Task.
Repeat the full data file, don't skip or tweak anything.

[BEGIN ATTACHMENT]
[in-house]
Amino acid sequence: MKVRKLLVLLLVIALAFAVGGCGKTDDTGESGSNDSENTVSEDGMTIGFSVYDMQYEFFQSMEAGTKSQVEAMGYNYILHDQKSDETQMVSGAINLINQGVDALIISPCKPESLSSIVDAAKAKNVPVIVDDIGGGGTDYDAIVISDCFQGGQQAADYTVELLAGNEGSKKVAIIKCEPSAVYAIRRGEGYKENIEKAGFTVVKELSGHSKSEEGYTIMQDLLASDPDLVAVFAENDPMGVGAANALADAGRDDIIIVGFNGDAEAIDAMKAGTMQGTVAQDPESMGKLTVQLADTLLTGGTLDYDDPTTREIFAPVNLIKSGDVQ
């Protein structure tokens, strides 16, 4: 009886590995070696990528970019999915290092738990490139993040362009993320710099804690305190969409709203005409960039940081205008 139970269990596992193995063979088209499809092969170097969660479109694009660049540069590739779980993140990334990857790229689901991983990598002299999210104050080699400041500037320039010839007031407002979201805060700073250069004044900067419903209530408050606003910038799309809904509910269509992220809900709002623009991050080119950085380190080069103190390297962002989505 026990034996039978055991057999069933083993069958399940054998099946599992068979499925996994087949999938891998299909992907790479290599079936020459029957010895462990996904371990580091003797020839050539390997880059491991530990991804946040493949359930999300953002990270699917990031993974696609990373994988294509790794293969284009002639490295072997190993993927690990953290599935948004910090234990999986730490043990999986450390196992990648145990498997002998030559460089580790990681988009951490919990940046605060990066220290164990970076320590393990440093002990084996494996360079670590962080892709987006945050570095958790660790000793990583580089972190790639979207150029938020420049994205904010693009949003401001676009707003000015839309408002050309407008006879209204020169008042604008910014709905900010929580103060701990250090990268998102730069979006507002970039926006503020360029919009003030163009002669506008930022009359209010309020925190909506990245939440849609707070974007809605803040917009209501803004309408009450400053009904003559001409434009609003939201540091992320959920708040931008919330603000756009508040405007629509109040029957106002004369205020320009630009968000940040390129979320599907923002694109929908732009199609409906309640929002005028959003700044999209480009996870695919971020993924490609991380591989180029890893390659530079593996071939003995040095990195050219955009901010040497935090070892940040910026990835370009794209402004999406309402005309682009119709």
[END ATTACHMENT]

[in-house]
Amino acid sequence: MKVRKLLVLLLVIALAFAVGGCGKTDDTGESGSNDSENTVSEDGMTIGFSVYDMQYEFFQSMEAGTKSQVEAMGYNYILHDQKSDETQMVSGAINLINQGVDALIISPCKPESLSSIVDAAKAKNVPVIVDDIGGGGTDYDAIVISDCFQGGQQAADYTVELLAGNEGSKKVAIIKCEPSAVYAIRRGEGYKENIEKAGFTVVKELSGHSKSEEGYTIMQDLLASDPDLVAVFAENDPMGVGAANALADAGRDDIIIVGFNGDAEAIDAMKAGTMQGTVAQDPESMGKLTVQLADTLLTGGTLDYDDPTTREIFAPVNLIKSGDVQ
């Protein structure tokens, strides 16, 4: 009886590995070696990528970019999915290092738990490139993040362009993320710099804690305190969409709203005409960039940081205008 139970269990596992193995063979088209499809092969170097969660479109694009660049540069590739779980993140990334990857790229689901991983990598002299999210104050080699400041500037320039010839007031407002979201805060700073250069004044900067419903209530408050606003910038799309809904509910269509992220809900709002623009991050080119950085380190080069103190390297962002989505 026990034996039978055991057999069933083993069958399940054998099946599992068979499925996994087949999938891998299909992907790479290599079936020459029957010895462990996904371990580091003797020839050539390997880059491991530990991804946040493949359930999300953002990270699917990031993974696609990373994988294509790794293969284009002639490295072997190993993927690990953290599935948004910090234990999986730490043990999986450390196992990648145990498997002998030559460089580790990681988009951490919990940046605060990066220290164990970076320590393990440093002990084996494996360079670590962080892709987006945050570095958790660790000793990583580089972190790639979207150029938020420049994205904010693009949003401001676009707003000015839309408002050309407008006879209204020169008042604008910014709905900010929580103060701990250090990268998102730069979006507002970039926006503020360029919009003030163009002669506008930022009359209010309020925190909506990245939440849609707070974007809605803040917009209501803004309408009450400053009904003559001409434009609003939201540091992320959920708040931008919330603000756009508040405007629509109040029957106002004369205020320009630009968000940040390129979320599907923002694109929908732009199609409906309640929002005028959003700044999209480009996870695919971020993924490609991380591989180029890893390659530079593996071939003995040095990195050219955009901010040497935090070892940040910026990835370009794209402004999406309402005309682009119709």